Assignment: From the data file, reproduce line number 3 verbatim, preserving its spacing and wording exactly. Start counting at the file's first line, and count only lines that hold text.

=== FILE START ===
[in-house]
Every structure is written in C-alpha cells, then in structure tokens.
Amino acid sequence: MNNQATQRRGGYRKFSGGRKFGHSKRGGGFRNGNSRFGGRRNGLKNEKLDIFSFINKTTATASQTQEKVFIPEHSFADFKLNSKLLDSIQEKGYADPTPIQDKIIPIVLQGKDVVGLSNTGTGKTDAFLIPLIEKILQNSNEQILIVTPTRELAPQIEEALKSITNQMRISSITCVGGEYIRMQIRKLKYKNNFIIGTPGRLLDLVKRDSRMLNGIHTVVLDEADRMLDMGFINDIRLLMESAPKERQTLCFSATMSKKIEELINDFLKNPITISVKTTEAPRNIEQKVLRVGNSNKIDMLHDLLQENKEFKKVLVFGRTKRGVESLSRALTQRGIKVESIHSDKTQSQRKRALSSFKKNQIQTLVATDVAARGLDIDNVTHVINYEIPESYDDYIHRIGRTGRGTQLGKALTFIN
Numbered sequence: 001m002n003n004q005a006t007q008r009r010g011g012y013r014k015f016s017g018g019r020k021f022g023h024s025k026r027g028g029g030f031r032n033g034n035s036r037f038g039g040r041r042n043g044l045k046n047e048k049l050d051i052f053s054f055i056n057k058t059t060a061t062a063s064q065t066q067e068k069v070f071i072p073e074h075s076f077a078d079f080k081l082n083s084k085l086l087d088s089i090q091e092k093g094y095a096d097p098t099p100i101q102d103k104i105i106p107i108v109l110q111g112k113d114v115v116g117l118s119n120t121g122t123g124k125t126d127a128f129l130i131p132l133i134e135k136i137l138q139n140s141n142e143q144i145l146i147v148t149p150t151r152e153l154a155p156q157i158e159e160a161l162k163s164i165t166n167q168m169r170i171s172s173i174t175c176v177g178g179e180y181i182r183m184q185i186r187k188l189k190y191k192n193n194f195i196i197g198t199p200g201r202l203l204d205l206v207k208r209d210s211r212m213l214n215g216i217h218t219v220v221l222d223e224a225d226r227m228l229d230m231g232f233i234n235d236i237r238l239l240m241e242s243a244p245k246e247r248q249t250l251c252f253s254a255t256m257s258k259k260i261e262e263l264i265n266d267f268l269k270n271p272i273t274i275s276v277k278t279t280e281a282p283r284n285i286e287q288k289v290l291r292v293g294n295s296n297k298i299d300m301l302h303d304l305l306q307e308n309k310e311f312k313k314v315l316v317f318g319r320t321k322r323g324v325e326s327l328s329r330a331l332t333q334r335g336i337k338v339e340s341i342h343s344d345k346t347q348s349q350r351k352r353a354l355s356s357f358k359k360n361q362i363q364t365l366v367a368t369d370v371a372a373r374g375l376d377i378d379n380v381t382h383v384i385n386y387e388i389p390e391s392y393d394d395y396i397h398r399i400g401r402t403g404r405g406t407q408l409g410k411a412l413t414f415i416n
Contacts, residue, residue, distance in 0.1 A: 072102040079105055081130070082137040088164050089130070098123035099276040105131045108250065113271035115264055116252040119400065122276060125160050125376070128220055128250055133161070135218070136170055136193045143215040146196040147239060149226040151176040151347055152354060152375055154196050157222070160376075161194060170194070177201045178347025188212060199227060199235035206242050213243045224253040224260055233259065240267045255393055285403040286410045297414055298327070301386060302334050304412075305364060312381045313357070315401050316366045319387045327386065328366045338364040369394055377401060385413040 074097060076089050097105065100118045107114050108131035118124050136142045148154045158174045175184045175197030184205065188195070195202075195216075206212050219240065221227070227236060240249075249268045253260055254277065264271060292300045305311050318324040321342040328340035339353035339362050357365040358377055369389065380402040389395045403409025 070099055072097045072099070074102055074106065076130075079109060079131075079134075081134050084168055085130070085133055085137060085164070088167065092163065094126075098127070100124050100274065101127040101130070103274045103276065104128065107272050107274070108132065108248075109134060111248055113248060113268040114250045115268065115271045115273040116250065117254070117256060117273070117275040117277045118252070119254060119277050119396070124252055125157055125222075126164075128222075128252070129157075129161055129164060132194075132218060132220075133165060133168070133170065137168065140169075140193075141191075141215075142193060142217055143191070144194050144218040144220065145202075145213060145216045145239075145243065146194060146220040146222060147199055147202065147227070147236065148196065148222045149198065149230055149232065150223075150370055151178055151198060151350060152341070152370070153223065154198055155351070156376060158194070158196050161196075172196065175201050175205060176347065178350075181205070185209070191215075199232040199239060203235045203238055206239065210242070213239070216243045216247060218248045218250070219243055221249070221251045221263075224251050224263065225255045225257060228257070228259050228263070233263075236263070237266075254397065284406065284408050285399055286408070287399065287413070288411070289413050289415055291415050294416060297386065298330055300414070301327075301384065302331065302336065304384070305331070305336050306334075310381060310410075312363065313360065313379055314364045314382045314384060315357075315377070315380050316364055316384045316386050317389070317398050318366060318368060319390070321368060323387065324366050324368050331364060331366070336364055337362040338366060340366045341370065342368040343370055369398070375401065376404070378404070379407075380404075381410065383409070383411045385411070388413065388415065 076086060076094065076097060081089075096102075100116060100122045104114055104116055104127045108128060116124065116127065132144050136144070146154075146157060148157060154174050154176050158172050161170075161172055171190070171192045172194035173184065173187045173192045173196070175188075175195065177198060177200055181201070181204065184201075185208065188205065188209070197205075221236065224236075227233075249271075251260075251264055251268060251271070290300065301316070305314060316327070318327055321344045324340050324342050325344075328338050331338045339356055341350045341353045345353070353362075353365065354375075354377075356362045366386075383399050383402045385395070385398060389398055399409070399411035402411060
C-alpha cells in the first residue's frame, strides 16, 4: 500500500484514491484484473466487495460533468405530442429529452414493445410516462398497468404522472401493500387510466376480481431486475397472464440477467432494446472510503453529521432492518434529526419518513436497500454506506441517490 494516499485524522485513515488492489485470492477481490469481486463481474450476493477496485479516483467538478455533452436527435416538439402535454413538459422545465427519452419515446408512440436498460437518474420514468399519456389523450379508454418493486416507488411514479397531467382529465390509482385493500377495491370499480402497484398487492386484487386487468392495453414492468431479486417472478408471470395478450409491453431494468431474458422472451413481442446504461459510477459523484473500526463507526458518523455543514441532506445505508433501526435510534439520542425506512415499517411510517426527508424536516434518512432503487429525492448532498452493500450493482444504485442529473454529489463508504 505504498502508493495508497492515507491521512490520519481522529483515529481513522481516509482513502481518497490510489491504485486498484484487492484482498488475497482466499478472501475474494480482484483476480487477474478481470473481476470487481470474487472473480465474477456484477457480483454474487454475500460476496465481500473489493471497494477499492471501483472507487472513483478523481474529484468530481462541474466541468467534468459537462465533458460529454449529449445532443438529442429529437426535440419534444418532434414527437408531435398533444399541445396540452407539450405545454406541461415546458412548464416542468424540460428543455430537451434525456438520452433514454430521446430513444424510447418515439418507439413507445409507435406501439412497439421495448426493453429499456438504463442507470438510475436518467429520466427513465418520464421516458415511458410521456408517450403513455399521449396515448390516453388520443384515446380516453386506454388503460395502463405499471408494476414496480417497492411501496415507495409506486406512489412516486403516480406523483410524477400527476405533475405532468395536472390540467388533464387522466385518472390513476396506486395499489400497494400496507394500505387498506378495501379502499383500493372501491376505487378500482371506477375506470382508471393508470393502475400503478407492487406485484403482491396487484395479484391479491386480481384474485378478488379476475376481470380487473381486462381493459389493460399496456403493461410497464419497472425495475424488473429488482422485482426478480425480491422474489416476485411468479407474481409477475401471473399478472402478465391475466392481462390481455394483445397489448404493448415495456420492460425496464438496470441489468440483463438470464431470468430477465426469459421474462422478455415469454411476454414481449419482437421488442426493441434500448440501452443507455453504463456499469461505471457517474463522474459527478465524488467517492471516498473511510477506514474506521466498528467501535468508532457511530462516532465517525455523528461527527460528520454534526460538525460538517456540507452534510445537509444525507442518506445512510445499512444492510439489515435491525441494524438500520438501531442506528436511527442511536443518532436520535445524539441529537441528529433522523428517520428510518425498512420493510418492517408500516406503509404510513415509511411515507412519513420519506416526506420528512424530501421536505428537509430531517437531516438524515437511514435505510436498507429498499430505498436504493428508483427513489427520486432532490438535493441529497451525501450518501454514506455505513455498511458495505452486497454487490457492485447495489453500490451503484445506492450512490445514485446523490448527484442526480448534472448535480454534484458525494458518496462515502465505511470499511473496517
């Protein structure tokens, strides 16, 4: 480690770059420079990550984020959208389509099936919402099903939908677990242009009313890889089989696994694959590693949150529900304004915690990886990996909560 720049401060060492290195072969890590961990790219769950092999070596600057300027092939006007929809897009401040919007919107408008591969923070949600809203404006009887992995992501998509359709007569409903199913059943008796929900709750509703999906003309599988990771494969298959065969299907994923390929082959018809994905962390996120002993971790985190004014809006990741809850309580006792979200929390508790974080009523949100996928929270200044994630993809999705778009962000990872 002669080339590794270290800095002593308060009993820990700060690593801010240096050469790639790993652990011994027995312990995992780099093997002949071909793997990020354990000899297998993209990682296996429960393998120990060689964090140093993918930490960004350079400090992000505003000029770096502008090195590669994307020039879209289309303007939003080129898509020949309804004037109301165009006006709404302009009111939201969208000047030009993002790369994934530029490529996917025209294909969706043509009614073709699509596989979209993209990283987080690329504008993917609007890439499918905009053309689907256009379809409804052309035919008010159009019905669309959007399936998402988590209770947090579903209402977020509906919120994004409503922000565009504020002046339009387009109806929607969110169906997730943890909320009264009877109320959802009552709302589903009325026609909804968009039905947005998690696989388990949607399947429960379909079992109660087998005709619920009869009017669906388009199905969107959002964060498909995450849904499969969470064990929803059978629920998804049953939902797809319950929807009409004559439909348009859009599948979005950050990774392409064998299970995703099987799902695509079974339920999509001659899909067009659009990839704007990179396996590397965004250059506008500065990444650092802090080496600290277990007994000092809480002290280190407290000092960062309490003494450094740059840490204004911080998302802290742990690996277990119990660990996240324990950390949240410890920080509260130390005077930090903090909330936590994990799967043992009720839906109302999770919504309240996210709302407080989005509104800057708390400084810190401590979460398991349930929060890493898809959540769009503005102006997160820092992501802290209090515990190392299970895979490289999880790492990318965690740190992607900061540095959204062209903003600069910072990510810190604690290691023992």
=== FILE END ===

Amino acid sequence: MNNQATQRRGGYRKFSGGRKFGHSKRGGGFRNGNSRFGGRRNGLKNEKLDIFSFINKTTATASQTQEKVFIPEHSFADFKLNSKLLDSIQEKGYADPTPIQDKIIPIVLQGKDVVGLSNTGTGKTDAFLIPLIEKILQNSNEQILIVTPTRELAPQIEEALKSITNQMRISSITCVGGEYIRMQIRKLKYKNNFIIGTPGRLLDLVKRDSRMLNGIHTVVLDEADRMLDMGFINDIRLLMESAPKERQTLCFSATMSKKIEELINDFLKNPITISVKTTEAPRNIEQKVLRVGNSNKIDMLHDLLQENKEFKKVLVFGRTKRGVESLSRALTQRGIKVESIHSDKTQSQRKRALSSFKKNQIQTLVATDVAARGLDIDNVTHVINYEIPESYDDYIHRIGRTGRGTQLGKALTFIN